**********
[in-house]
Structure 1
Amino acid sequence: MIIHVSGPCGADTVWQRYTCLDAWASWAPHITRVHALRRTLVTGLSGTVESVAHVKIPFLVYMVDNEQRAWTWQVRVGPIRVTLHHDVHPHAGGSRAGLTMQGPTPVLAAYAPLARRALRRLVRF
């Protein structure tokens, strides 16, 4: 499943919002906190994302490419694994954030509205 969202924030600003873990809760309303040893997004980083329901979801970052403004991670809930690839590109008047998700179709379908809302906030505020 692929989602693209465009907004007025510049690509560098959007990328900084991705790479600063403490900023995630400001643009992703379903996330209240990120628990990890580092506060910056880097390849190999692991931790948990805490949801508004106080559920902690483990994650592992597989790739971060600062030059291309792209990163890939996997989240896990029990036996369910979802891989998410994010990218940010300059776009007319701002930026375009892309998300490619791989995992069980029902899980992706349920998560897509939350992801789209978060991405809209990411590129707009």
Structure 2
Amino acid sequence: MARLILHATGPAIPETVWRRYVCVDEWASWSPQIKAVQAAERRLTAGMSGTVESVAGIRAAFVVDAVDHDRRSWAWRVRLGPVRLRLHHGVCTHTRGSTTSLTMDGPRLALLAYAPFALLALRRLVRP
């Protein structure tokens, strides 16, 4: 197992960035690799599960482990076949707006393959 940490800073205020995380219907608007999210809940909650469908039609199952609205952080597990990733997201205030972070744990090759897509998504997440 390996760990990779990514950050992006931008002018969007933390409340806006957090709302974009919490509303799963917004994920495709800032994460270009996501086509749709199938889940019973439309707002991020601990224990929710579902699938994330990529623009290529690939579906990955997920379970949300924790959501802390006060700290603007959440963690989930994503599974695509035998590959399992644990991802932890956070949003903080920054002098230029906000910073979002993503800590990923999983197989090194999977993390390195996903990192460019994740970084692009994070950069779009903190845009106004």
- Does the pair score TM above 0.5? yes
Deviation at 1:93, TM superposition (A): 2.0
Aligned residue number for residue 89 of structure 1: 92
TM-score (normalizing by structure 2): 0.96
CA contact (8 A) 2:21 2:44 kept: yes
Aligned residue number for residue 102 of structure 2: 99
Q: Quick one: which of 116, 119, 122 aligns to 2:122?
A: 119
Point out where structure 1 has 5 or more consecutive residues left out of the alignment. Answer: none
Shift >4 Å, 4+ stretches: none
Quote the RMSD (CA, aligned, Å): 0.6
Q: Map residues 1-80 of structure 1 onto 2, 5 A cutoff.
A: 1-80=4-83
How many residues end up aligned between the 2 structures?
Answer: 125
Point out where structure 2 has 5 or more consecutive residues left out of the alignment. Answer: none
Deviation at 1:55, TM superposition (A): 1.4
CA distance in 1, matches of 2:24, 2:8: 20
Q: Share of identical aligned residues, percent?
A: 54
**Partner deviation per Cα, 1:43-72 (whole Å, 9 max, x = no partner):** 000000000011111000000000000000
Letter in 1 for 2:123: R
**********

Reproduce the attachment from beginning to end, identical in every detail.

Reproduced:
[in-house]
Structure 1
Amino acid sequence: MIIHVSGPCGADTVWQRYTCLDAWASWAPHITRVHALRRTLVTGLSGTVESVAHVKIPFLVYMVDNEQRAWTWQVRVGPIRVTLHHDVHPHAGGSRAGLTMQGPTPVLAAYAPLARRALRRLVRF
């Protein structure tokens, strides 16, 4: 499943919002906190994302490419694994954030509205 969202924030600003873990809760309303040893997004980083329901979801970052403004991670809930690839590109008047998700179709379908809302906030505020 692929989602693209465009907004007025510049690509560098959007990328900084991705790479600063403490900023995630400001643009992703379903996330209240990120628990990890580092506060910056880097390849190999692991931790948990805490949801508004106080559920902690483990994650592992597989790739971060600062030059291309792209990163890939996997989240896990029990036996369910979802891989998410994010990218940010300059776009007319701002930026375009892309998300490619791989995992069980029902899980992706349920998560897509939350992801789209978060991405809209990411590129707009």
Structure 2
Amino acid sequence: MARLILHATGPAIPETVWRRYVCVDEWASWSPQIKAVQAAERRLTAGMSGTVESVAGIRAAFVVDAVDHDRRSWAWRVRLGPVRLRLHHGVCTHTRGSTTSLTMDGPRLALLAYAPFALLALRRLVRP
């Protein structure tokens, strides 16, 4: 197992960035690799599960482990076949707006393959 940490800073205020995380219907608007999210809940909650469908039609199952609205952080597990990733997201205030972070744990090759897509998504997440 390996760990990779990514950050992006931008002018969007933390409340806006957090709302974009919490509303799963917004994920495709800032994460270009996501086509749709199938889940019973439309707002991020601990224990929710579902699938994330990529623009290529690939579906990955997920379970949300924790959501802390006060700290603007959440963690989930994503599974695509035998590959399992644990991802932890956070949003903080920054002098230029906000910073979002993503800590990923999983197989090194999977993390390195996903990192460019994740970084692009994070950069779009903190845009106004």
- Does the pair score TM above 0.5? yes
Deviation at 1:93, TM superposition (A): 2.0
Aligned residue number for residue 89 of structure 1: 92
TM-score (normalizing by structure 2): 0.96
CA contact (8 A) 2:21 2:44 kept: yes
Aligned residue number for residue 102 of structure 2: 99
Q: Quick one: which of 116, 119, 122 aligns to 2:122?
A: 119
Point out where structure 1 has 5 or more consecutive residues left out of the alignment. Answer: none
Shift >4 Å, 4+ stretches: none
Quote the RMSD (CA, aligned, Å): 0.6
Q: Map residues 1-80 of structure 1 onto 2, 5 A cutoff.
A: 1-80=4-83
How many residues end up aligned between the 2 structures?
Answer: 125
Point out where structure 2 has 5 or more consecutive residues left out of the alignment. Answer: none
Deviation at 1:55, TM superposition (A): 1.4
CA distance in 1, matches of 2:24, 2:8: 20
Q: Share of identical aligned residues, percent?
A: 54
**Partner deviation per Cα, 1:43-72 (whole Å, 9 max, x = no partner):** 000000000011111000000000000000
Letter in 1 for 2:123: R